Quote: We must all hang together, or most assuredly we shall all hang separately

ADSGarson O'Toole adsgarsonotoole at GMAIL.COM
Thu Dec 6 01:29:55 UTC 2012

I was asked about the quotation in the subject line which is usually
credited to Benjamin Franklin. The statement is discussed in "The
Quote Verifier" of Ralph Keyes and "The Yale Book of Quotations". The
evidence linking Franklin to the saying appeared many decades after he
supposedly said it to John Hancock in 1776.

Barry Popik has examined this quip and provides key information. The
first instance he has listed on his website is in a comic play in
1801. Barry also lists an 1819 cite connecting a version of the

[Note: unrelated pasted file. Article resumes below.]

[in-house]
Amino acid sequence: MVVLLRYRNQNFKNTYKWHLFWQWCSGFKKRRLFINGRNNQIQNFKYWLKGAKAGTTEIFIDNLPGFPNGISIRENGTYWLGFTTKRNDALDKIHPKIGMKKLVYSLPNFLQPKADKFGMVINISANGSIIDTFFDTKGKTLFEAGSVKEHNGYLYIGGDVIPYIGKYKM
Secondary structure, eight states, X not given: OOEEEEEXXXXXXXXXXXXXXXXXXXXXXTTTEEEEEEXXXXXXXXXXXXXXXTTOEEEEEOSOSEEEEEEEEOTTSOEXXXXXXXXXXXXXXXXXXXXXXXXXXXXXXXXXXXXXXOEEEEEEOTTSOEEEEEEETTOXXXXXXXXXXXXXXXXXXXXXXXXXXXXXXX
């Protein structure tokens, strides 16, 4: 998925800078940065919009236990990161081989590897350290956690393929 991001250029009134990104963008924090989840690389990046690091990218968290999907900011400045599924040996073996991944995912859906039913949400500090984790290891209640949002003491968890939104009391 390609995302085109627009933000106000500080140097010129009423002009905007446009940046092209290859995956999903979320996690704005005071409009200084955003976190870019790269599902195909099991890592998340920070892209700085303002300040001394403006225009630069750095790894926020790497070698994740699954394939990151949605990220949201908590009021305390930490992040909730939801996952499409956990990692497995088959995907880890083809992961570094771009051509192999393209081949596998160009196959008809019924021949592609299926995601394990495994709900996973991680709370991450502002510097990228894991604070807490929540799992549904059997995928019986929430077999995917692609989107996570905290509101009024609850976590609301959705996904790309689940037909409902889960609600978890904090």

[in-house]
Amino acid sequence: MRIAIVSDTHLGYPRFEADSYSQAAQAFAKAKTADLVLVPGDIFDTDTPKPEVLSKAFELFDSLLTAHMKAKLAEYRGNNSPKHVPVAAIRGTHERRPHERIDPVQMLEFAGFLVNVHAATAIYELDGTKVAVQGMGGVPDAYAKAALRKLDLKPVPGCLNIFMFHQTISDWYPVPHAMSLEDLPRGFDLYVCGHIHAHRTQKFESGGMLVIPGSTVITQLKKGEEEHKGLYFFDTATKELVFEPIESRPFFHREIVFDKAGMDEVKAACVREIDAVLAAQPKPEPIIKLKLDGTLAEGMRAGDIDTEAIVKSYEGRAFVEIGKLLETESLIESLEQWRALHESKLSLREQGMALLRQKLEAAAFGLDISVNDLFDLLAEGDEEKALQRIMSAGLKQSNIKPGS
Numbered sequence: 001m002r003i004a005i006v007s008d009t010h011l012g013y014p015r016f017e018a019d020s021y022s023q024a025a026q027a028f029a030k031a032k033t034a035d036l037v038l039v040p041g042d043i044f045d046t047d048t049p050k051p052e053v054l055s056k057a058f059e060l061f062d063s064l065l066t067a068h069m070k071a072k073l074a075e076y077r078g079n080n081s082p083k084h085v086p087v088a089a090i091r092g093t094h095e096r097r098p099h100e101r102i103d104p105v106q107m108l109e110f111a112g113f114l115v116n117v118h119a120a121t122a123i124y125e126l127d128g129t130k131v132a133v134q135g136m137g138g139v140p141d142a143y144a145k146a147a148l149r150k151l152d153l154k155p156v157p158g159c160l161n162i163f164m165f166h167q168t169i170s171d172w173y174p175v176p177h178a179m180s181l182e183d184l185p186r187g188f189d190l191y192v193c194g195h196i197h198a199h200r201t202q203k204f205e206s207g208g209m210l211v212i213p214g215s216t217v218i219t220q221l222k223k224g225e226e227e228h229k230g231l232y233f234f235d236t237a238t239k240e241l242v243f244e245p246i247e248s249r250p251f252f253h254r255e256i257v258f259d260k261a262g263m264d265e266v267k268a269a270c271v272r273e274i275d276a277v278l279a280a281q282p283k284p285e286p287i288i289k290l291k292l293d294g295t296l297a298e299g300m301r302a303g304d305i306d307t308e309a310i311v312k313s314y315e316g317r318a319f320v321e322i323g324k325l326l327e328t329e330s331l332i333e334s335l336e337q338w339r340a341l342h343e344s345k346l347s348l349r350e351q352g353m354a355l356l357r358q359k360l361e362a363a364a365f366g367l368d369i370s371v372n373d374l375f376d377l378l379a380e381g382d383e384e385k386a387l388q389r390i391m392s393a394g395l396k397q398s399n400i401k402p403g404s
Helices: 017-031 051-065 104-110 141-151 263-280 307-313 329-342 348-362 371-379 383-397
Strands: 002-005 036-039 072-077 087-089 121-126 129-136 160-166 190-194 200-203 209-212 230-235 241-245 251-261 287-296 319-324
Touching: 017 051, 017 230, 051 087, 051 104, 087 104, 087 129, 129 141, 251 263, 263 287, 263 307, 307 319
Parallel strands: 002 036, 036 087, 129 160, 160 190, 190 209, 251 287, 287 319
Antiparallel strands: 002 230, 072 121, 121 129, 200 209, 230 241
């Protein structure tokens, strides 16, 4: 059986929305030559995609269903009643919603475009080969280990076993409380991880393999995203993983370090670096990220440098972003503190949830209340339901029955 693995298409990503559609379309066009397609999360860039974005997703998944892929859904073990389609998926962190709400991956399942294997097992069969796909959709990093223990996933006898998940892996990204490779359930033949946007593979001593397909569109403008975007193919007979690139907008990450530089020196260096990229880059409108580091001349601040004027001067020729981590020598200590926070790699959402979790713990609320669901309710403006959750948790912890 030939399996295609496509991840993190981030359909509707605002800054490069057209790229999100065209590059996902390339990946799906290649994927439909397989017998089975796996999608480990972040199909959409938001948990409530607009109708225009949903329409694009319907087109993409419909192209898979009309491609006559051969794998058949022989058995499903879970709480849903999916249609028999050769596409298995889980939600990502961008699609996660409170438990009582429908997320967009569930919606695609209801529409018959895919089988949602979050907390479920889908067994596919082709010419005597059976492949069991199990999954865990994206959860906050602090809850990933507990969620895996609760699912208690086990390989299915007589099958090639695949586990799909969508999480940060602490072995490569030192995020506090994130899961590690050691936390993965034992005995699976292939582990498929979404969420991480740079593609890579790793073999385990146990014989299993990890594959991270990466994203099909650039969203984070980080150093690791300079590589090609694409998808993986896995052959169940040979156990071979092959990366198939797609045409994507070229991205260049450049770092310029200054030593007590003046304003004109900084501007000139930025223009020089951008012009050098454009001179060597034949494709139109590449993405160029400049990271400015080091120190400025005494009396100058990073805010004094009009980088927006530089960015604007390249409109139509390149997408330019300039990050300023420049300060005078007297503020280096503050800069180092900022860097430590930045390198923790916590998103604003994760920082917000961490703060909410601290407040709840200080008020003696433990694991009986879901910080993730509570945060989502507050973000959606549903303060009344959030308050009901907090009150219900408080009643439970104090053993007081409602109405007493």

quotation to "Old Mr. Penn". Here is a link to his website which has
more information:


Short link:  http://bit.ly/QIr5W2

Here 1836 citation for a newspaper account of the anecdote featuring
Ben Franklin:

Cite: 1836 November 30, Jamestown Journal, Anecdote, Page 3, Column 1,
Jamestown, New York. (GenealogyBank)

[Begin excerpt]
Anecdote.- "We must be unanimous," observed Hancock on the occasion of
signing the Declaration of Independence, "there must be no pulling
different ways; we must all hang together." "Yes," added Franklin, "we
must all hang together, or most assuredly we shall all hang
separately." – Rochester Dai. Adv.
[End excerpt]


The American Dialect Society - http://www.americandialect.org

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